Acute appendicitis has 6 types:
- catarrhalis appendicitis; slightly red
- phlegmonous: moderate inflammation and ischaemia
- gangrenous: (partial) necrosis
- appendicular mass
- appendicular abscess
In case of an acute appendicitis, an appendectomy should be performed, either by laparotomy or by laparoscopy. In uncomplicated cases antibiotics could be both effective and safe, but still 20% of people have a recurrence within a year and require eventual appendectomy. Fertile females should get a laparoscopy, to exclude any gynaecologic pathology. An appendicular mass should be treatment with medicine and other conservative measures (e.g. rest, no enteral nutrition) Abscesses should be drained.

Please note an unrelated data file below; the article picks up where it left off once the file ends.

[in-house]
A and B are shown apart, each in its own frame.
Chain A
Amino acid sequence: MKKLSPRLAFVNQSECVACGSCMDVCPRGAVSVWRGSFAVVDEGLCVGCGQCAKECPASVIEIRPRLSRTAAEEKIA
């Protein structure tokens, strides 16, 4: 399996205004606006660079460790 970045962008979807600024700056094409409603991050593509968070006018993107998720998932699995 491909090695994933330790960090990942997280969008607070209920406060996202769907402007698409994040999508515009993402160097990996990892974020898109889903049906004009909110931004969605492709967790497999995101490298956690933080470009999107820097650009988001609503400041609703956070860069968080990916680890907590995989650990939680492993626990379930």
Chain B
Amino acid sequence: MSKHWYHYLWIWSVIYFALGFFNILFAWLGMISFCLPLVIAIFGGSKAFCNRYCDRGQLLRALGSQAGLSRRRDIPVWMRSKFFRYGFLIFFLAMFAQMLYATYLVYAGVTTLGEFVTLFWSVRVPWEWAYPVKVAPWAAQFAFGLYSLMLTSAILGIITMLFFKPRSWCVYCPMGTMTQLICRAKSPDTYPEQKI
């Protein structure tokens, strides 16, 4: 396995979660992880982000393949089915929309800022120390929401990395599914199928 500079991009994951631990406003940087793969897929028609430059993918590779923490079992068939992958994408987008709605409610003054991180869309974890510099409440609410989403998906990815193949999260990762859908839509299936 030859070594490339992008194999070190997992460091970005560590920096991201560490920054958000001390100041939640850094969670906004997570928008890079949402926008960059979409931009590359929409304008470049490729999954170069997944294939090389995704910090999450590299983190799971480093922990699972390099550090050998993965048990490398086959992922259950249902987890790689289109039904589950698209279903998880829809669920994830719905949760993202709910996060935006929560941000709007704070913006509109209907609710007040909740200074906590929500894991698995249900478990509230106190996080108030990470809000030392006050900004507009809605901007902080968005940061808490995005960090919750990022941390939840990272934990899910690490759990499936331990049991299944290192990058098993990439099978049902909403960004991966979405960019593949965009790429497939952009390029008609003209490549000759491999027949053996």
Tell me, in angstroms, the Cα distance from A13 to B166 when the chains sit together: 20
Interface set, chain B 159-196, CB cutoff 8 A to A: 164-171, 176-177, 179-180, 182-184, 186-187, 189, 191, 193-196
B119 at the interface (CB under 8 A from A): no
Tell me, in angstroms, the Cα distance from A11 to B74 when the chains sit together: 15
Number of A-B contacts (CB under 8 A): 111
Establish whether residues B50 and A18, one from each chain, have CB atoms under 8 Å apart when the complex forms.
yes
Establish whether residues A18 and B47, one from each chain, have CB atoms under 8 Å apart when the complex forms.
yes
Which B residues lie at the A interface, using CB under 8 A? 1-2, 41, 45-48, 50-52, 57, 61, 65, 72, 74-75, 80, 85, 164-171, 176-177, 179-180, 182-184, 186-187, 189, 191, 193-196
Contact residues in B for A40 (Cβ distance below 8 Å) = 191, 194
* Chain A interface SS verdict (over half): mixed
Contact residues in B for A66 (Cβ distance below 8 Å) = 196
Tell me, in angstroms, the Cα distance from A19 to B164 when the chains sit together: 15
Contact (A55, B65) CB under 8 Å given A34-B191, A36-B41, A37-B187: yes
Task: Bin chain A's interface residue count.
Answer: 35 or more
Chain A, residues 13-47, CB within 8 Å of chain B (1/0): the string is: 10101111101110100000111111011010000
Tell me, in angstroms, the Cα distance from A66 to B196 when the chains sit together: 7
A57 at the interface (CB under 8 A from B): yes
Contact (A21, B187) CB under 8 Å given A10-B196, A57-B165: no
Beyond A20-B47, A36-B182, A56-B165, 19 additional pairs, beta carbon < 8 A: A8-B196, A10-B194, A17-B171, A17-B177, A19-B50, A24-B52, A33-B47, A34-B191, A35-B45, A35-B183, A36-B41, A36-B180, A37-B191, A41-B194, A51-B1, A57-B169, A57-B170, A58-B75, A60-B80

All patients with an acute appendicitis should receive antibiotics. Normally the patient receives a single dose of antibiotics against gram-positive, gram-negative an anaerobes organisms. This treatment should be continued for 5 days in case of gangrenous and perforated appendicitis. In children a total of three days is sufficient.
ll The skin can be closed entirely, and does not cause more wound-site infections compared to an approximating stitch. This also accounts for a perforated appendicitis.
Step by step
- Skin incision at McBurney's point
- Opening Scarpa's fascia
- Opening aponeurosis
- Atraumatic spreading of muscle fibers
- Identify and opening of peritoneum
- Identify cecum and appendix
- Deliver cecum and appendix
- Identify and ligate appendiceal artery
- Crush appendix at base
- Ligate and remove appendix at base
- If desired place a purse string suture around base of appendix
- Closing peritoneum
- Closing aponeurosis
- Skin closure